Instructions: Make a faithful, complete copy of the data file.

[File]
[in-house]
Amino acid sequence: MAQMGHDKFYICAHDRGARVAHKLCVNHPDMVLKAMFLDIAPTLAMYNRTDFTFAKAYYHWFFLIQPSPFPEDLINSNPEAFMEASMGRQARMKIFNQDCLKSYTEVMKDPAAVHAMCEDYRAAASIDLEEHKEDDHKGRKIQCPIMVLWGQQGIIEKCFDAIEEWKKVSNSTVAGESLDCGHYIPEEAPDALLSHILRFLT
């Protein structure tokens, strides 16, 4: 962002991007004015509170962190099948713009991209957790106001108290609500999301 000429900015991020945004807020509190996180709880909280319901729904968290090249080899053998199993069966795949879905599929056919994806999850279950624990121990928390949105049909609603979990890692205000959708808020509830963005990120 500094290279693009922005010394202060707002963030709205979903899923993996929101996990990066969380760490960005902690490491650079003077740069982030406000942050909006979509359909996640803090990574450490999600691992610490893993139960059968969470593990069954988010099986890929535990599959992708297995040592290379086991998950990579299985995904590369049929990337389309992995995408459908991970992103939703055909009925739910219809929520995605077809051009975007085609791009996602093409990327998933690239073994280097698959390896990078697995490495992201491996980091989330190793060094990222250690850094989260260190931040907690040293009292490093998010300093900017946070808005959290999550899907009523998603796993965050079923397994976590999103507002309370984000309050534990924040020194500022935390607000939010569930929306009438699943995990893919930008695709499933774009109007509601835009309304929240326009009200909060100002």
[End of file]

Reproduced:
[in-house]
Amino acid sequence: MAQMGHDKFYICAHDRGARVAHKLCVNHPDMVLKAMFLDIAPTLAMYNRTDFTFAKAYYHWFFLIQPSPFPEDLINSNPEAFMEASMGRQARMKIFNQDCLKSYTEVMKDPAAVHAMCEDYRAAASIDLEEHKEDDHKGRKIQCPIMVLWGQQGIIEKCFDAIEEWKKVSNSTVAGESLDCGHYIPEEAPDALLSHILRFLT
């Protein structure tokens, strides 16, 4: 962002991007004015509170962190099948713009991209957790106001108290609500999301 000429900015991020945004807020509190996180709880909280319901729904968290090249080899053998199993069966795949879905599929056919994806999850279950624990121990928390949105049909609603979990890692205000959708808020509830963005990120 500094290279693009922005010394202060707002963030709205979903899923993996929101996990990066969380760490960005902690490491650079003077740069982030406000942050909006979509359909996640803090990574450490999600691992610490893993139960059968969470593990069954988010099986890929535990599959992708297995040592290379086991998950990579299985995904590369049929990337389309992995995408459908991970992103939703055909009925739910219809929520995605077809051009975007085609791009996602093409990327998933690239073994280097698959390896990078697995490495992201491996980091989330190793060094990222250690850094989260260190931040907690040293009292490093998010300093900017946070808005959290999550899907009523998603796993965050079923397994976590999103507002309370984000309050534990924040020194500022935390607000939010569930929306009438699943995990893919930008695709499933774009109007509601835009309304929240326009009200909060100002």